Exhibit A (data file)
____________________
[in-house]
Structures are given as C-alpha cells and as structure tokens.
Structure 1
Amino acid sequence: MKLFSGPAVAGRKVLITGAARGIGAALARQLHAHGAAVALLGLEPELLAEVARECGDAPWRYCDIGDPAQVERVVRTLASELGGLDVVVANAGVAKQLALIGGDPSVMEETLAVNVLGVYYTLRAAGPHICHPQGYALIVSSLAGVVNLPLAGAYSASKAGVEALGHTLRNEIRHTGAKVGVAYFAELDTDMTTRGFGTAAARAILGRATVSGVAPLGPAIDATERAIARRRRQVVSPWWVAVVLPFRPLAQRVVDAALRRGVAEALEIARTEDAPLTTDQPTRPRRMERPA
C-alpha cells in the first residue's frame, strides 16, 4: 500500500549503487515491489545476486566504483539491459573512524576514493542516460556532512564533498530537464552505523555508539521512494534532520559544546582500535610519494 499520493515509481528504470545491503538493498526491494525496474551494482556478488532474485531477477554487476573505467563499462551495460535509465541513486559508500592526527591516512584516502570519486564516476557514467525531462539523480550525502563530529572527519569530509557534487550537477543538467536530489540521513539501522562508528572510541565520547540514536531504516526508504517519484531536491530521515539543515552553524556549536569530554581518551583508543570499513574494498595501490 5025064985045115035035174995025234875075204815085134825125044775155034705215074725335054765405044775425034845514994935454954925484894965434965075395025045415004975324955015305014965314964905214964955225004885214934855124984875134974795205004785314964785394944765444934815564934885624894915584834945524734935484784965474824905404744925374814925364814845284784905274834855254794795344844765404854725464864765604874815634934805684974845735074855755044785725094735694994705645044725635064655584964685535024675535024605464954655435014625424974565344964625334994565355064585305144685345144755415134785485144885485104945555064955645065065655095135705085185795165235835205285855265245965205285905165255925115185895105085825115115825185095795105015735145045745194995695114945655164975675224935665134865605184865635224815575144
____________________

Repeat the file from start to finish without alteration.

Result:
[in-house]
Structures are given as C-alpha cells and as structure tokens.
Structure 1
Amino acid sequence: MKLFSGPAVAGRKVLITGAARGIGAALARQLHAHGAAVALLGLEPELLAEVARECGDAPWRYCDIGDPAQVERVVRTLASELGGLDVVVANAGVAKQLALIGGDPSVMEETLAVNVLGVYYTLRAAGPHICHPQGYALIVSSLAGVVNLPLAGAYSASKAGVEALGHTLRNEIRHTGAKVGVAYFAELDTDMTTRGFGTAAARAILGRATVSGVAPLGPAIDATERAIARRRRQVVSPWWVAVVLPFRPLAQRVVDAALRRGVAEALEIARTEDAPLTTDQPTRPRRMERPA
C-alpha cells in the first residue's frame, strides 16, 4: 500500500549503487515491489545476486566504483539491459573512524576514493542516460556532512564533498530537464552505523555508539521512494534532520559544546582500535610519494 499520493515509481528504470545491503538493498526491494525496474551494482556478488532474485531477477554487476573505467563499462551495460535509465541513486559508500592526527591516512584516502570519486564516476557514467525531462539523480550525502563530529572527519569530509557534487550537477543538467536530489540521513539501522562508528572510541565520547540514536531504516526508504517519484531536491530521515539543515552553524556549536569530554581518551583508543570499513574494498595501490 5025064985045115035035174995025234875075204815085134825125044775155034705215074725335054765405044775425034845514994935454954925484894965434965075395025045415004975324955015305014965314964905214964955225004885214934855124984875134974795205004785314964785394944765444934815564934885624894915584834945524734935484784965474824905404744925374814925364814845284784905274834855254794795344844765404854725464864765604874815634934805684974845735074855755044785725094735694994705645044725635064655584964685535024675535024605464954655435014625424974565344964625334994565355064585305144685345144755415134785485144885485104945555064955645065065655095135705085185795165235835205285855265245965205285905165255925115185895105085825115115825185095795105015735145045745194995695114945655164975675224935665134865605184865635224815575144